There is something magical about Isla del Sol, even if the roaming miniature llamas are swaying my vote.


Continuing our Journey

Our journey across the Lake Titicaca continues to Uros, Peru’s floating Islands. Built entirely out of totora reeds and rope, these pre-Incan man-made islands were created as a defensive strategy to keep mobile in case of invasion. Today, this exceptional community still survives off fishing, trade, and now tourism. This small reed structure is the Uros toll booth for curious boats passing through.


Uros Islands, Peru

Around 44 islands comprise Uros and with 2-10 people living on each. For every family to make a bit of money from tourism and not to have their daily lives totally disturbed, the island communities take turns hosting tourists a couple times a week. On our tour we visited two islands, learning about their homes, crafts, and life on the water.


Layers and layers of these reeds are bound together to form the buoyant floor. Constantly soaking in water, the lower reeds start to rot away so new layers must be added every few months to keep the homes afloat. A major part of the men’s tasks is to simply maintain this vulnerable landmass, while ladies mostly tend to the crafts and cooking.

12 thoughts on “Life on Lake Titicaca

  • July 22, 2012 at 4:44 pm

    Great post, Anne. Thanks for sharing your amazing trip with us. Godspeed!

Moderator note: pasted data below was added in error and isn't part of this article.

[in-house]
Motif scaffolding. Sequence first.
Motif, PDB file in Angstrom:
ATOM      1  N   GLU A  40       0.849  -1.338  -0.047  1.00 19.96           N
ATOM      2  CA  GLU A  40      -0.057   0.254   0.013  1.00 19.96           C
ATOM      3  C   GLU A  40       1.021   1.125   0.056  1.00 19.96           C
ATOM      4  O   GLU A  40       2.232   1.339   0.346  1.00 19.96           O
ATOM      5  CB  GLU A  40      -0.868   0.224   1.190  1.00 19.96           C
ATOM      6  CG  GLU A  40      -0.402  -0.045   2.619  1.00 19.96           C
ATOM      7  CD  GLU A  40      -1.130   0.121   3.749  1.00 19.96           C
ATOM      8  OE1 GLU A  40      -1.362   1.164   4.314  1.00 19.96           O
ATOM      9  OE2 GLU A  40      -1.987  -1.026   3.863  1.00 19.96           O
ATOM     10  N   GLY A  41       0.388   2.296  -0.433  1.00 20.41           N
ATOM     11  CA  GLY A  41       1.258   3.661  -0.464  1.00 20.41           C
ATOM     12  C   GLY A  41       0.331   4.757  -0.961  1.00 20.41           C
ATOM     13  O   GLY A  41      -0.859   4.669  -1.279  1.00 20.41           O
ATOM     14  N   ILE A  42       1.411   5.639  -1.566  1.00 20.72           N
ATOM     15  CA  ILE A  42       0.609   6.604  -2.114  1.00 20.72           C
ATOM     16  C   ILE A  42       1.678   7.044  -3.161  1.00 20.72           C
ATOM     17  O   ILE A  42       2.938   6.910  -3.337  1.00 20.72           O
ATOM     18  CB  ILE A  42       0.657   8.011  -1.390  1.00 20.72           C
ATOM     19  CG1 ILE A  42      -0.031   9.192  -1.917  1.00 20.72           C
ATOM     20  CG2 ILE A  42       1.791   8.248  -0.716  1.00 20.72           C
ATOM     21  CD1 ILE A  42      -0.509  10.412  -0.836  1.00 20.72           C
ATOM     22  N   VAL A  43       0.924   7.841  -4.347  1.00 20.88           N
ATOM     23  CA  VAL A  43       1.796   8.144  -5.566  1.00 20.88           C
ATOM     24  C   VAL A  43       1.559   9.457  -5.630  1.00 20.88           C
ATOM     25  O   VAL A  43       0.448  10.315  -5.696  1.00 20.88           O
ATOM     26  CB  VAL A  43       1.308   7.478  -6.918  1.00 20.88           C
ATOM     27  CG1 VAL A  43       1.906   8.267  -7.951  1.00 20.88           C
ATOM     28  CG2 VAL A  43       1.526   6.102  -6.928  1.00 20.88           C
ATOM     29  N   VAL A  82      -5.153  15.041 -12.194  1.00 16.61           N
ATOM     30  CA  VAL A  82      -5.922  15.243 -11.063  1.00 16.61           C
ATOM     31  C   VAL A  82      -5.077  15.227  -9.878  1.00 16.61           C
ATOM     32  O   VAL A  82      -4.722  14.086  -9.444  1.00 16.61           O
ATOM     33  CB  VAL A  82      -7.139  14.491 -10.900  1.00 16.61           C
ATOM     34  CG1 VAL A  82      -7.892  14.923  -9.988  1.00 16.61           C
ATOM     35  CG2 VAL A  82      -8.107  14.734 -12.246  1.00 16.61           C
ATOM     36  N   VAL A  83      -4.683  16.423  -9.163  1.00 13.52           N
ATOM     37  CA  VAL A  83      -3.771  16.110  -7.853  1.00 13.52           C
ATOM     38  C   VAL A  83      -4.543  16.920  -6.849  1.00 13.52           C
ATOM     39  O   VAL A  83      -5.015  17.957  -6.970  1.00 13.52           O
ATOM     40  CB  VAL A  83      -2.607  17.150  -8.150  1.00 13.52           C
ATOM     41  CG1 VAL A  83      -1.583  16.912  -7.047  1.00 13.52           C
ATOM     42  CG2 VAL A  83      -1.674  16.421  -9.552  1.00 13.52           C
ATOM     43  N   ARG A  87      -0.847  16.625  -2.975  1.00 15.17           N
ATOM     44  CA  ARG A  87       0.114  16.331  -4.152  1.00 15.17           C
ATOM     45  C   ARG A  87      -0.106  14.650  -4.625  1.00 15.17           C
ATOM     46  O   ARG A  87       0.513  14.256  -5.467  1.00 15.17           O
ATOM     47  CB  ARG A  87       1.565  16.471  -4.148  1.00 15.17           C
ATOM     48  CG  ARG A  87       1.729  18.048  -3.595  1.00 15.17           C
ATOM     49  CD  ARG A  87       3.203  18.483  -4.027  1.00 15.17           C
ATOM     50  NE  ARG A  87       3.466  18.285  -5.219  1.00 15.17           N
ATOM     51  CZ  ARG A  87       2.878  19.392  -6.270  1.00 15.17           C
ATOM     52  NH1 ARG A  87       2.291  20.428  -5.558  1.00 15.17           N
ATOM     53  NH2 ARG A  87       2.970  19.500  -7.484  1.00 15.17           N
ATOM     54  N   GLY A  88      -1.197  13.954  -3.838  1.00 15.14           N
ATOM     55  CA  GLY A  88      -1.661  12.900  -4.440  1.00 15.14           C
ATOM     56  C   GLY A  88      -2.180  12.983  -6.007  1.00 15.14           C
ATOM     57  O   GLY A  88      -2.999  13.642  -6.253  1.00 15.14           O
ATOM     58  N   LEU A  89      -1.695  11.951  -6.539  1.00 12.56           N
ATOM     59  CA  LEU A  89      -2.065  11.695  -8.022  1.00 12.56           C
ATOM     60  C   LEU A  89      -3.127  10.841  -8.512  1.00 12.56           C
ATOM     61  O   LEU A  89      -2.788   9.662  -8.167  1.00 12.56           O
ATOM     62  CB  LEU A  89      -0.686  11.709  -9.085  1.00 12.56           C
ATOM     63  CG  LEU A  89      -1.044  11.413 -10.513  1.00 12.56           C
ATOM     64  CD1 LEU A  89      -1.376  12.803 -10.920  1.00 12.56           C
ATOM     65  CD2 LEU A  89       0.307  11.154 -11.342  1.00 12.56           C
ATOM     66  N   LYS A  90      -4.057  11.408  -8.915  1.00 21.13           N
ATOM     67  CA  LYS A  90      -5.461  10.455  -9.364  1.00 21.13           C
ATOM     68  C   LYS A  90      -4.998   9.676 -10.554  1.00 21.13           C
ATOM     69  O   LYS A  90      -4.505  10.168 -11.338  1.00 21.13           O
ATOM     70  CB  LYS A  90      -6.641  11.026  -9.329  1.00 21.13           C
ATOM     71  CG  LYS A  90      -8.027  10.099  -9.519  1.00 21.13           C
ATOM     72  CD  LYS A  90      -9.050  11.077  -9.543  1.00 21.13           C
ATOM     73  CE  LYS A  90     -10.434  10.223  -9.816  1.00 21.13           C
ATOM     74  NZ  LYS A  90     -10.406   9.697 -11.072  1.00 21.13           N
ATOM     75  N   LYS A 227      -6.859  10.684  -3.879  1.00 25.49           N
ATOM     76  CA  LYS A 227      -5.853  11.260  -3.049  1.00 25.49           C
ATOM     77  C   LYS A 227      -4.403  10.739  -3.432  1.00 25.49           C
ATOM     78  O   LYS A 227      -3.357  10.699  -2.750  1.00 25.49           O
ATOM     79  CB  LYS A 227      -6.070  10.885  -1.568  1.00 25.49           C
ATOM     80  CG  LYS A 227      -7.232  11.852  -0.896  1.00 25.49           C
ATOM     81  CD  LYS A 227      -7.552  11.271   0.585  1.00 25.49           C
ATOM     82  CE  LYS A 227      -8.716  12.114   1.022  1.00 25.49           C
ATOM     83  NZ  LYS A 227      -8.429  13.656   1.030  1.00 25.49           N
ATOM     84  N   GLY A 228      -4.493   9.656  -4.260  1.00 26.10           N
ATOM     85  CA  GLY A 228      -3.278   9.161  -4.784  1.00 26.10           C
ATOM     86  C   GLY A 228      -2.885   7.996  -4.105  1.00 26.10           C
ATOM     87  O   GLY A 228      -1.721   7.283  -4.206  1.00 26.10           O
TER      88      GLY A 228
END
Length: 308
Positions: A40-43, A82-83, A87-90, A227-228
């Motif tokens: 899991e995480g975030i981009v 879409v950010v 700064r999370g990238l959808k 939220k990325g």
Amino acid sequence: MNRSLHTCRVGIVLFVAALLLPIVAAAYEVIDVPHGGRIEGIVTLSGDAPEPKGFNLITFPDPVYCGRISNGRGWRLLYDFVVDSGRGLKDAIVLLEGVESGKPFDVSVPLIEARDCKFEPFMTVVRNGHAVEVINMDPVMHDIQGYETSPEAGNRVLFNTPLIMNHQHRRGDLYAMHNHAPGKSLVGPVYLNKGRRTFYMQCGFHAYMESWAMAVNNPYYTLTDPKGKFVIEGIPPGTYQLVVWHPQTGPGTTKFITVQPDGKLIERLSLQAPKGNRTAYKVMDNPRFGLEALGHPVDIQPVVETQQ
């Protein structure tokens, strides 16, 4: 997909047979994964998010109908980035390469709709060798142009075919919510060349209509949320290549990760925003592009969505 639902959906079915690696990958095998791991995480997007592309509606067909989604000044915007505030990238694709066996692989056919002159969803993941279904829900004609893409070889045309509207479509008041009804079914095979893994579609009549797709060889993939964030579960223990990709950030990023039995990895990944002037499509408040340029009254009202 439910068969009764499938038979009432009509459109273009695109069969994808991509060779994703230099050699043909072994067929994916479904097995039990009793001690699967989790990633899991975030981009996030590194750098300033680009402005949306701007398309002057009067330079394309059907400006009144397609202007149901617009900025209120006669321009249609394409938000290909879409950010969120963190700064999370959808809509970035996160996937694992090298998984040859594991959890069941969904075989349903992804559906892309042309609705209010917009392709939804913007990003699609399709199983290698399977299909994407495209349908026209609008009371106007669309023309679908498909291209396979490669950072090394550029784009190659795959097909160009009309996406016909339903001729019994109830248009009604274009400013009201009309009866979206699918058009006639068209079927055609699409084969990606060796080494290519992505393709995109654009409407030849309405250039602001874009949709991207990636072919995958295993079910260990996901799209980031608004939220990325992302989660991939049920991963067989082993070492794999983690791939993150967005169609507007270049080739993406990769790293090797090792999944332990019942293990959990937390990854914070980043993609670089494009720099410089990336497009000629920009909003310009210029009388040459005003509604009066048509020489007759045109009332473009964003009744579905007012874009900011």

Bill McCue

  • July 22, 2012 at 11:23 am

    Great Pics Anne! I did you guys eat any trucha from the lake at one of he many places while in Copacabana? .. I rember that was amazing -Erik

  • July 22, 2012 at 6:12 pm

    I can’t imagine a home on reeds and having to keep replacing the flooring, talk about maintenance! 

    • August 5, 2012 at 11:54 pm

      omg yeah. and it keeps degrading and your home sinks a bit, then you lift up your house, add a few feet of reeds, and back to life as normal….pretty nuts eh? and the floor was really squishy, it was fun to walk on.

  • July 23, 2012 at 2:01 am

    Wow, its amazing how some cultures remain virtually unchanged over centuries

    • August 5, 2012 at 11:55 pm

      yeah it really is Lee. and these guys moved out onto the island when they didnt want to obey the rules laid in place by the Spanish colonialists…love it. everyone should visit this place!

  • July 23, 2012 at 2:27 pm

    Very interesting.  What’s up with Homer Simpson?  Why him?

    • August 6, 2012 at 12:20 am

      Thanks Kim. We have no idea why Homer, but the Simpsons are huge down there, they were used in lots of signage, and we saw many TVs with the simpsons on in the evenings…translations were hysterical 🙂

  • July 24, 2012 at 6:29 am

    Gorgeous photos. I promise I will no longer giggle when I hear about Lake Titicaca.

    • August 6, 2012 at 12:30 am

      Val, thanks for the love on the photos! Yeah now you can’t giggle….really this place was amazing and these people were an inspiration. They have school boats (instead of buses). Milk delivery boats, it really was such a unique “city”

  • July 24, 2012 at 10:37 am

    Thanks, Erik! Yummmm…yes,we had plenty of trucha! I actually like it better than trout in the states, it has more of salmon heartiness.